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Tuesday, 15 February 2011

Company at The Southwark Playhouse

Endless wrong turnings meant the two minute walk from London Bridge station to the Southwark Playhouse took an agonising forty-five, resulting finally in a rather desperate taxi trip. I have never been to the theatre before and was confused by a strange (and infuriating) trail of signs directing us, quite literally, in the opposite direction. Note to all S.P. first timers: turn RIGHT out of London Bridge Station, not left and your journey should be quick painless.

When we eventually arrived at the Playhouse I was delighted by the building's stature and general appearance, impressively established-looking for a fringe theatre. The interior is rather dark and damp, much like a warehouse, though oddly comfortable with stools and sofas, and an accessible bar selling drinks and snacks. We made our way to the theatre space quickly, with unreserved seating you have to get in there fast!

Company is one of Stephen Sondheim’s more familiar musicals; with memorable melodies and repetitive choruses, it is easy to enjoy. The songs are catchy and fun and have become popular as audition pieces, unsurprisingly considering how the different solo numbers evoke individual character’s personalities. This production has a little band accompanying; I was a little disappointed that I couldn’t see them anywhere, perhaps they are tucked away due to lack of space. A charismatic Oli Jackson (I could just see him on the screen) leads the group of musicians in a tight and together performance - thanks to effective amplification one can hear the music sharp and loud and it energises the whole show.

I was engrossed by the singers thrilling approach to the first chorus. Their concentration and power makes the music immediately gripping, and made me want to sit up and listen. Paul Wills’ staging is simple and flexible, easily transforming into the necessary New York backdrops. For me it was a little bare though, a few extra props or motifs could have represented the couples and given the actors more to play with on stage.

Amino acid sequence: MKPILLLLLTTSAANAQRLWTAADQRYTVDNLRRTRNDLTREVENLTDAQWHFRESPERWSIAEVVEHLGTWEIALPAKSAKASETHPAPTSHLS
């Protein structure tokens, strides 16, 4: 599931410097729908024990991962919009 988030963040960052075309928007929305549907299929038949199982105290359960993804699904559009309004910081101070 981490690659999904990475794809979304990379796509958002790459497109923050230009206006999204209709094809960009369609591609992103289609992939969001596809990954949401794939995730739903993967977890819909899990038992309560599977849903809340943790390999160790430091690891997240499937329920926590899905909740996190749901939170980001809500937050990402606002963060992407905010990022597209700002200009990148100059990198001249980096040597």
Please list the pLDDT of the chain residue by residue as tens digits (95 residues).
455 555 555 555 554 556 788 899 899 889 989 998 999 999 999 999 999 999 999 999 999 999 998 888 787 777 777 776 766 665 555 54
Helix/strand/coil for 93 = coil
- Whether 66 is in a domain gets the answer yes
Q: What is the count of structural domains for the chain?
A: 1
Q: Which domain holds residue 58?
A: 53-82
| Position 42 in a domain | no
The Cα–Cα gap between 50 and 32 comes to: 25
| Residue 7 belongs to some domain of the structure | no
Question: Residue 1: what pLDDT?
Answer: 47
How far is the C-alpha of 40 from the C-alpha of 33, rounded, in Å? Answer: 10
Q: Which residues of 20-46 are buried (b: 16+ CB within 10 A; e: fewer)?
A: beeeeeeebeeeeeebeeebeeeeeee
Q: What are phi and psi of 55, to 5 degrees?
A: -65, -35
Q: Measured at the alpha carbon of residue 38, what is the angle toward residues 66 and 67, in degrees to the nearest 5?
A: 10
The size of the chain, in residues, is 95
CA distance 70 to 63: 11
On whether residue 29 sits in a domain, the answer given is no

Bobby is a 35 year old single guy left stranded amongst his coupled up friends. The musical is a study in marriage and relationships as Bobby struggles to figure out what it all means. We are introduced to the different couples, each with their own ‘kind’ of love. The advantages and disadvantages of their lifestyles are contrasted with Bobby’s life of parties and freedom. The action revolves around Bobby’s 35thbirthday celebrations.

A dashing Rupert Young plays the enigma that is Bobby. He sports a dishevelled look, and is definitely more of an actor than a singer. His life seems to be a mad whirlwind of alcohol, drugs and women, which are all he seems interested in. That’s okay, but this 21st century spin on Sondheim makes him seem a little out of place next to his set of ordinary middle-aged friends. I noticed early on that I recognised Young and after much brain racking I realised I had in fact been directed by him ten years back in W11 Children’s Opera.

Bobby’s single girlfriends are great, full of girly angst. Katie Brayben, the air hostess has brilliant comic timing in her main scene with Bobby. And Michelle Bishop heroically conquers the complex song ‘Another Hundred People’ without slipping.

Of the couples, there are some performers that stand out more than others. Siobhan McCarthy storms the stage as the sour and sultry older woman, Joanne... she gets the best song ‘Ladies who lunch’ which she screams at us with venom and vigour. But my favourite role is Amy – the manic girl who gets cold feet on her wedding day. A highly accomplished singer, who has come from a part in West End hit Avenue Q, she delivers the hysterically fast ‘Not Getting Married Today’ with precision and strength, it is a marvel. Her husband to be, Greg Castiglioni as Paul is a quiet role, but has a stunning voice when he gets his chance to sing: lyrical and strong with a rich tone.

A fresh if slightly odd interpretation of a Sondheim hit, vocally this production is a real winner. I thoroughly enjoyed it despite its shortcomings.

Company continues until 12 March 2011, book tickets here.